Dinosaurs With Tamarind
By Steve Herte
I’m working on a Ten Best and Ten Worst list of movies this year and I could only recall 44 of the 50 I should have seen by now. It’s really no problem, just perplexing and the movie I saw Friday might just make the latter list. Well, you decide. Enjoy.
Walking With Dinosaurs 3D (20th Century Fox, 2013) – Directors: Barry Cook & Neil Nightingale. Writer: John Collee. Voices: Charlie Rowe, Karl Urban, Angourie Rice, John Leguizamo, Justin Long, Skyler Stone, & Tiya Sircar. Color & 3D, 87 minutes.
Having been among the thousands of awe-struck audience members gaping at the amazing animatronic dinosaurs on parade in Madison Square Garden one year I was eagerly anticipating this movie. Unfortunately, it did not deliver. My rating comes from two positives: they got me to want to see it with the trailers, and the beautiful animation (what I could clearly see) of long-gone prehistoric beasts. The story idea was good – growing up with a Pachyrhinosaurus (like a Triceratops, but with a more ornate frill) from runt-hood to leader of the herd. But the pre-school juvenile manner of telling this tale not only left me cold (and wanting to leave early) but also insulted (hopefully) the audience’s intelligence.
Even the children present (which it was obviously geared to) were strangely silent. It is told through the voice of Leguizamo who appears as a crow to Ricky, (Rowe) the teenage nephew of an archaeologist who refuses to go to a dig site with his Uncle Zack (Urban) and younger sister Jade (Rice). Zack shows the children the tooth of a Gorgosaurus (a fierce predator of the late Cretaceous Era, like, but smaller than T-Rex) and the back-story told by the crow is how the Gorgosaurus lost that tooth. The crow convinces Ricky to hear his tale and reverts to his ancestor, Alexornis (from which he gets the nickname of Alex), and weaves the storyline in his new persona.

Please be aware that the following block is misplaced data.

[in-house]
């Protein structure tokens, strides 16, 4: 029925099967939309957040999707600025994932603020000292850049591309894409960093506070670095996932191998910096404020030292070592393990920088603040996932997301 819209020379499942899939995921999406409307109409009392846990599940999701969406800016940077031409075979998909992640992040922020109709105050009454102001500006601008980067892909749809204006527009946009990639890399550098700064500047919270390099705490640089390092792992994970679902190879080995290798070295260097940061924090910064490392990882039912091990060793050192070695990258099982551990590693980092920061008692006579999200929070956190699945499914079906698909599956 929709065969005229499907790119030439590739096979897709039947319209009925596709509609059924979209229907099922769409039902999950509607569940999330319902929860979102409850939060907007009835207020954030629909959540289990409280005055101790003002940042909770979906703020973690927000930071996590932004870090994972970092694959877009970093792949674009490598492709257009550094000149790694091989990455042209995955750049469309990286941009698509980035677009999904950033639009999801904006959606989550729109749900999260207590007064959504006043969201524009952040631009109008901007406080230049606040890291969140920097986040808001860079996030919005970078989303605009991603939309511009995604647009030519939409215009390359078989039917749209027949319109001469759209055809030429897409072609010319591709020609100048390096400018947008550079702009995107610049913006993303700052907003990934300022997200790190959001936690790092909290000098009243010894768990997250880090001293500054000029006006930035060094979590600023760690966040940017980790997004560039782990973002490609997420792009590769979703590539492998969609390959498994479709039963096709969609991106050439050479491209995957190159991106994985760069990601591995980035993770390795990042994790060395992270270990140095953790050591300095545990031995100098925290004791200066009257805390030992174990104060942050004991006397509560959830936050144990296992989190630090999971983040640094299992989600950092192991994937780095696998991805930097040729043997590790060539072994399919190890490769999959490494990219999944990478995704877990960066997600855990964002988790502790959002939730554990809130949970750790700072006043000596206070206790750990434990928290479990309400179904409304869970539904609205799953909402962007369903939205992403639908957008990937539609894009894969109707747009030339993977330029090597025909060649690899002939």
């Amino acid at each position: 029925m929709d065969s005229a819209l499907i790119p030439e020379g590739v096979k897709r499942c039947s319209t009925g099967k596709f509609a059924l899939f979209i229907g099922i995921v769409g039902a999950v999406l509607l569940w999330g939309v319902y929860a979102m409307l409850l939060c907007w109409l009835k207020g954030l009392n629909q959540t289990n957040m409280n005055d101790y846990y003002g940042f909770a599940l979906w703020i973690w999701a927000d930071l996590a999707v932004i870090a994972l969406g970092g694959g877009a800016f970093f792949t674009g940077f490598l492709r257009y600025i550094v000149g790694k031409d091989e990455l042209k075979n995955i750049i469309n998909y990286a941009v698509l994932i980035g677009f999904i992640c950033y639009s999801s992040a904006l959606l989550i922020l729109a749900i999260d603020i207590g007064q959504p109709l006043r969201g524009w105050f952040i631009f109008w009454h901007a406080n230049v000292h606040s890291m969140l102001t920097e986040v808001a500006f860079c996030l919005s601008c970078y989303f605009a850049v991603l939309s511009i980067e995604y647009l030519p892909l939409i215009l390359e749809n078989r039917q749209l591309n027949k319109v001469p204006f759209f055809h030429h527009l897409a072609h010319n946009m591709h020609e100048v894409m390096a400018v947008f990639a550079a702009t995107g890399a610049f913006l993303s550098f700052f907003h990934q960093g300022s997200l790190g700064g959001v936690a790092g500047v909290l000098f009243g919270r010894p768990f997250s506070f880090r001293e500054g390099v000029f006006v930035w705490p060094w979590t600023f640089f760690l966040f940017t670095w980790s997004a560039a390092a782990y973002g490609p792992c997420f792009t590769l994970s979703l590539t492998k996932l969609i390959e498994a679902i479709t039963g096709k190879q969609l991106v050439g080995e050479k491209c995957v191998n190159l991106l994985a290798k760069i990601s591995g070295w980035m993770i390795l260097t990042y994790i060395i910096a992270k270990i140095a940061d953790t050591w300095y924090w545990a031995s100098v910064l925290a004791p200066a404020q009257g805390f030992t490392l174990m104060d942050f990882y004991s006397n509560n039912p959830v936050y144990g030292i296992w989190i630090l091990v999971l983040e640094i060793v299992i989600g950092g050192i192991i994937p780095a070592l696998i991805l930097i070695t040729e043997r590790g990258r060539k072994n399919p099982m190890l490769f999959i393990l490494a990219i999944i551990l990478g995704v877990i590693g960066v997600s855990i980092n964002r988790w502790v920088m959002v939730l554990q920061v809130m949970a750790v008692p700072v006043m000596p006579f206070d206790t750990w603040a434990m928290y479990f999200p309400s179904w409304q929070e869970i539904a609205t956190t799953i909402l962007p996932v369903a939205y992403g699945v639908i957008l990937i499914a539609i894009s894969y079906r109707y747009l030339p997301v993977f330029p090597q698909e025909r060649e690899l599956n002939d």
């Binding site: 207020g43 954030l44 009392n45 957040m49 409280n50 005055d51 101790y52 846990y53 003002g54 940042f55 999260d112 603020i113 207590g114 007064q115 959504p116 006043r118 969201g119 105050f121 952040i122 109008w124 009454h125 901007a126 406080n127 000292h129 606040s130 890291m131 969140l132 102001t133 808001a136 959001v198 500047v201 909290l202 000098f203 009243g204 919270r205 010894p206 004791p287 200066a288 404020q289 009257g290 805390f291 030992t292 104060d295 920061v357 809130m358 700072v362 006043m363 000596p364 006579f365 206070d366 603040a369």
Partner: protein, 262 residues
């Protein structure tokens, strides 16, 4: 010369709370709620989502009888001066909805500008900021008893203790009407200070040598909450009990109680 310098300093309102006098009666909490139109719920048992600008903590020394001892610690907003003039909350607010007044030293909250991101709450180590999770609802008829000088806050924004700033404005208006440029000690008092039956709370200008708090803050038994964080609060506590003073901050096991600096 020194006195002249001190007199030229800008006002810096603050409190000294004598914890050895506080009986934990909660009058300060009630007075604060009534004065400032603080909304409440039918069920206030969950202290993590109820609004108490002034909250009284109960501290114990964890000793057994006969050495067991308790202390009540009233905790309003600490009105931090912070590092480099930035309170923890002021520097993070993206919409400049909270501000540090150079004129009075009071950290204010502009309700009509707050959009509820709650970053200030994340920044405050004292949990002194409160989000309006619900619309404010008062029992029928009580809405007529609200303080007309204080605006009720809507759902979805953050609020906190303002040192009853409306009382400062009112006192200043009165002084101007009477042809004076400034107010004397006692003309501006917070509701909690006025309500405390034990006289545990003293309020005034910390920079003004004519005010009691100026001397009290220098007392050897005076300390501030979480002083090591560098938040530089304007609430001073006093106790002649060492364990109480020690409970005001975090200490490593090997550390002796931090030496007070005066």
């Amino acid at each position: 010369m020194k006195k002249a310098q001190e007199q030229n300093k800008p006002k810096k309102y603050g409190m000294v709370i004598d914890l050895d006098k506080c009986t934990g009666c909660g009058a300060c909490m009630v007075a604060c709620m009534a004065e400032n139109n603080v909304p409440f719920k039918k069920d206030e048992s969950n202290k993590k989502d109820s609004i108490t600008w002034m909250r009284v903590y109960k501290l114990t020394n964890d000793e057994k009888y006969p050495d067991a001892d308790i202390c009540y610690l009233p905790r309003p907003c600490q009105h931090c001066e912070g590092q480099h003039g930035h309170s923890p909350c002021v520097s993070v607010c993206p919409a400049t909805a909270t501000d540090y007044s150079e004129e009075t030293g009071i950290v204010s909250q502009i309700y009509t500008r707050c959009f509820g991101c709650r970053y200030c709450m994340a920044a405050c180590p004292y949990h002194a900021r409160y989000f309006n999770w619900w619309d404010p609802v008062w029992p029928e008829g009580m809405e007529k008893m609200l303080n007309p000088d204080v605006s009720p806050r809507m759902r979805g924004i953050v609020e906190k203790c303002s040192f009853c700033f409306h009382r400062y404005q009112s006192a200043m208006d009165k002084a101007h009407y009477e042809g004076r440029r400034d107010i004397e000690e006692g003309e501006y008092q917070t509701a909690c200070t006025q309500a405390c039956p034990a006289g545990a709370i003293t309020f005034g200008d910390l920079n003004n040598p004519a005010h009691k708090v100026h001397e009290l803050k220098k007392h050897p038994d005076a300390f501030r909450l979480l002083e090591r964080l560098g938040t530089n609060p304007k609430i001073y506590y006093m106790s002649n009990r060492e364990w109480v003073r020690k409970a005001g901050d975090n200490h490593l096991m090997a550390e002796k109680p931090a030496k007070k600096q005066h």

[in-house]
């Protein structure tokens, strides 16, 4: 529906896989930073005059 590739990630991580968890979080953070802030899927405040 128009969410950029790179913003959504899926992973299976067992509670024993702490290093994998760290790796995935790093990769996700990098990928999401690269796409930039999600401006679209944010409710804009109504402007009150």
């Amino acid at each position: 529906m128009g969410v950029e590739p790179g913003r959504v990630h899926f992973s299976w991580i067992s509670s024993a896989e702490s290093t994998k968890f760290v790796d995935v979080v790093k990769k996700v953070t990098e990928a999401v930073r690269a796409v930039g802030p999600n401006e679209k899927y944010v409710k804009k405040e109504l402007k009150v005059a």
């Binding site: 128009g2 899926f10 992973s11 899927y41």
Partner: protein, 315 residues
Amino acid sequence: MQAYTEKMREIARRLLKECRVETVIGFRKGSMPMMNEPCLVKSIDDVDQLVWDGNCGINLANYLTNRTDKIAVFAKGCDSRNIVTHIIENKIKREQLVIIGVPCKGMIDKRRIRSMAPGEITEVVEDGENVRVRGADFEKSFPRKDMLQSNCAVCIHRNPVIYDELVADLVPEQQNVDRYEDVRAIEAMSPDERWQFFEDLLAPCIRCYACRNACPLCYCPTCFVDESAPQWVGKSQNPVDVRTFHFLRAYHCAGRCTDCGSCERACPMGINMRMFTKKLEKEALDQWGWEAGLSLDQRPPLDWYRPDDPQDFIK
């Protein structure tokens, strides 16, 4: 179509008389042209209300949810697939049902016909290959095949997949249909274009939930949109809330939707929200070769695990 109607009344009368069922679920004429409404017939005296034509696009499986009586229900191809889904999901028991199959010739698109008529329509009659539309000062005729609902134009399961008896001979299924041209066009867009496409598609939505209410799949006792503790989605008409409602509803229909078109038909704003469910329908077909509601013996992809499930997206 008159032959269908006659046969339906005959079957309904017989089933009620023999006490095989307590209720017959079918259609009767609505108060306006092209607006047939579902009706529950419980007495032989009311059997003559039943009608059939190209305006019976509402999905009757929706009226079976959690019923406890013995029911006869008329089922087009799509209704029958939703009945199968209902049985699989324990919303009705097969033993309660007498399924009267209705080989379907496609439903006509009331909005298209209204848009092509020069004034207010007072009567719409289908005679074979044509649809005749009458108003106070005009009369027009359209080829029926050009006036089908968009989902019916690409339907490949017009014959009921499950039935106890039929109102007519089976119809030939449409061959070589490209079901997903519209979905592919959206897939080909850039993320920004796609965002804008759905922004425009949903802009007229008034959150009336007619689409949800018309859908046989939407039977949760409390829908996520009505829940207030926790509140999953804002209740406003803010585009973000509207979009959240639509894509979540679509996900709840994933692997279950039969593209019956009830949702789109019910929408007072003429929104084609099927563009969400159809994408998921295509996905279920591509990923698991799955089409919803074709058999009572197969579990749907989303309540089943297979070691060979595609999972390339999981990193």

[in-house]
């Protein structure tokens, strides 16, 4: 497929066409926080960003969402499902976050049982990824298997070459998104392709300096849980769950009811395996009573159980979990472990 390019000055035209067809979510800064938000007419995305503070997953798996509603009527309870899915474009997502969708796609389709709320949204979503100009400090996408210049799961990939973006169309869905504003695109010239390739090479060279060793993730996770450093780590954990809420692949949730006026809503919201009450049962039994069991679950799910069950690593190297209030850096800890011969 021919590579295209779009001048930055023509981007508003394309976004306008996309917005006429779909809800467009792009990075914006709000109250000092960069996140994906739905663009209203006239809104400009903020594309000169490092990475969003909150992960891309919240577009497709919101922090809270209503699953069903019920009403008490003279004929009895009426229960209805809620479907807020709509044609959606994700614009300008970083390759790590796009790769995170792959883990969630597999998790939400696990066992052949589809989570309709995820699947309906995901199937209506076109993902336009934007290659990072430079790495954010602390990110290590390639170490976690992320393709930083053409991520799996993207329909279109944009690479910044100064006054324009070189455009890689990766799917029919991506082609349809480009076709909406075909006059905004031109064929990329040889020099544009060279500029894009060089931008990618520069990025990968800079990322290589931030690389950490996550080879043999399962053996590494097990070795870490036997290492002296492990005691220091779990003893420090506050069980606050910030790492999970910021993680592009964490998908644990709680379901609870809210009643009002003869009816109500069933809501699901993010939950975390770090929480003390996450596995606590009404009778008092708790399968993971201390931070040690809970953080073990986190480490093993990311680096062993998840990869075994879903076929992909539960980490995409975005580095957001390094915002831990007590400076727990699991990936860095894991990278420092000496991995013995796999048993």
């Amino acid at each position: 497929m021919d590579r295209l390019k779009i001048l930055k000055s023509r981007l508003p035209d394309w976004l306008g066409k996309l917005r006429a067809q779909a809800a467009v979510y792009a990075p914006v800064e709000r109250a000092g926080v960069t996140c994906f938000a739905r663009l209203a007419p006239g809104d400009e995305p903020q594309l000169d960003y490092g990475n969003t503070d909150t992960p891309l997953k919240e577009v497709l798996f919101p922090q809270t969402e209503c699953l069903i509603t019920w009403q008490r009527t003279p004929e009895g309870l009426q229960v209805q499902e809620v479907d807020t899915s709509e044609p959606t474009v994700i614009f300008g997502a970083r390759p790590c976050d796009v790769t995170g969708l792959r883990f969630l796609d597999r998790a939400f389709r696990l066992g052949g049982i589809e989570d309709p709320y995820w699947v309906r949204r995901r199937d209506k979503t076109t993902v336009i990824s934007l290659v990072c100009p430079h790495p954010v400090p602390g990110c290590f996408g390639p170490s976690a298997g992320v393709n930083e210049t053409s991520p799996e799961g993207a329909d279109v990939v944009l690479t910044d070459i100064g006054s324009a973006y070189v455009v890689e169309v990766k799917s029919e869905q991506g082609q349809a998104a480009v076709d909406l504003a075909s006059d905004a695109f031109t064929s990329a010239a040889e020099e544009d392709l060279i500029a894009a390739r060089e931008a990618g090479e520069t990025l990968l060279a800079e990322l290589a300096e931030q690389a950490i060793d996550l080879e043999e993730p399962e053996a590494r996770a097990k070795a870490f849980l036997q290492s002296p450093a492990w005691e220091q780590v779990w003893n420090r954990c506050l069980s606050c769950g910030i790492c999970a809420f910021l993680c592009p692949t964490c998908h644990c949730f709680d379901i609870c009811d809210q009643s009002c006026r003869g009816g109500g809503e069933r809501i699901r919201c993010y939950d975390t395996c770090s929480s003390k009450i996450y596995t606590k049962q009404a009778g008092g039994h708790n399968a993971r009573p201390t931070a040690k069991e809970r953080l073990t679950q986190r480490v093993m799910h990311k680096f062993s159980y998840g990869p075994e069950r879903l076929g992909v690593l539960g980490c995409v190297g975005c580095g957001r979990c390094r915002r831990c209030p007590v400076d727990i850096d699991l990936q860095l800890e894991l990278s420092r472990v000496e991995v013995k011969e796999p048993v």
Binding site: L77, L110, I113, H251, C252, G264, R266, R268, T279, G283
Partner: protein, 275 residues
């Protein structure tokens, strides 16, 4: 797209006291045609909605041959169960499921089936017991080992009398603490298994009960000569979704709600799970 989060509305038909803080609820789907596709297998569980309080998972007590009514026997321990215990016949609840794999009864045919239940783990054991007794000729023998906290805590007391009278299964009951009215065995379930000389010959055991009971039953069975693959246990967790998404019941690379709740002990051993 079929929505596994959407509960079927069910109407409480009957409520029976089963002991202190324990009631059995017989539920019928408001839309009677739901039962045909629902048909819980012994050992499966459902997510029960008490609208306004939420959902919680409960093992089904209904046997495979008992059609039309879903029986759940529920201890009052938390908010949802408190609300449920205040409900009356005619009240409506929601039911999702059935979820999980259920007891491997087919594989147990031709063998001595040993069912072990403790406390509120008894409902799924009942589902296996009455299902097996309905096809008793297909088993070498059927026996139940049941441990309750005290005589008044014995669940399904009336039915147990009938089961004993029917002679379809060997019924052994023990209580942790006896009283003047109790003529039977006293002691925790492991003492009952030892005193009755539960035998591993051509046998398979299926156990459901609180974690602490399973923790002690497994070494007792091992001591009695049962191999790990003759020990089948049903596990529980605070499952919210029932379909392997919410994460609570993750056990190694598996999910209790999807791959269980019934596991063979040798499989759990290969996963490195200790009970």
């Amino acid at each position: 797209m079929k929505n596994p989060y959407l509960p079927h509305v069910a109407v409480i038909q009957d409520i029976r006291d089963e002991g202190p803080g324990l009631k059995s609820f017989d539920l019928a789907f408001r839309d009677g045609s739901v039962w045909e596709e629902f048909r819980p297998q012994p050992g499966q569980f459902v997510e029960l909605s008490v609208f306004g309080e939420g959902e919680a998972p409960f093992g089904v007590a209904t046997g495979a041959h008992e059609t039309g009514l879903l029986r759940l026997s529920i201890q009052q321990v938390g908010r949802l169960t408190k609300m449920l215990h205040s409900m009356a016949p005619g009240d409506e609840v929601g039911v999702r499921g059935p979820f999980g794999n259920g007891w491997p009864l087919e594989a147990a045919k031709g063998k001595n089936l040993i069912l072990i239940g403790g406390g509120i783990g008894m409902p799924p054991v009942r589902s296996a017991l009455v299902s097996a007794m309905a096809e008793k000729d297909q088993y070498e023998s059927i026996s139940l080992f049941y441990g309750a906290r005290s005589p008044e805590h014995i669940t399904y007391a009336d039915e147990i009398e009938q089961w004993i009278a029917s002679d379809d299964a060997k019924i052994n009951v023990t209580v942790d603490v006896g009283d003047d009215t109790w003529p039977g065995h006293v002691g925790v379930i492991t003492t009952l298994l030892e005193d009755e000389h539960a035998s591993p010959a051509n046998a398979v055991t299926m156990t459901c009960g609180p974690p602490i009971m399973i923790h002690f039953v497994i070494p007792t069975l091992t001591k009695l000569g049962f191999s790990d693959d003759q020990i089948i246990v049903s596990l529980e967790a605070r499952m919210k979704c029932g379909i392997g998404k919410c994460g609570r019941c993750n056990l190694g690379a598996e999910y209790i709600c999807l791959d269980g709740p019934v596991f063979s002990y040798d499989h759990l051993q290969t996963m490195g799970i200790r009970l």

Patchy (Long), his older littermate Scowler (Stone) and Juniper (Sircar) get separated from the herd during a Gorgosaurus attack when they fall into a river and are washed downstream. As they grow to adulthood, they learn quickly how dangerous the land they live in is and how many predators are lurking everywhere. After a Gorgosaur kills their father it becomes obvious that the herd needs a new leader. Scowler fights off (a head-butting contest) the reigning leader and he’s in. But when he leads the herd across a frozen lake, Patchy realizes the danger and leads the herd back to shore. Scowler doesn’t like his authority challenged. He head-butts Patchy into a ditch and a tree falls across him, immobilizing him, and leaves him for dead. If not for Alex’s pestering and psychology (when did birds become so smart?) he would not have survived to call the herd to take on the Gorgosaurs, knock out the tooth, and send them away in defeat. Sounds good, no? The story of Bambi was better told. In fact Godzilla Meets Bambi was more entertaining.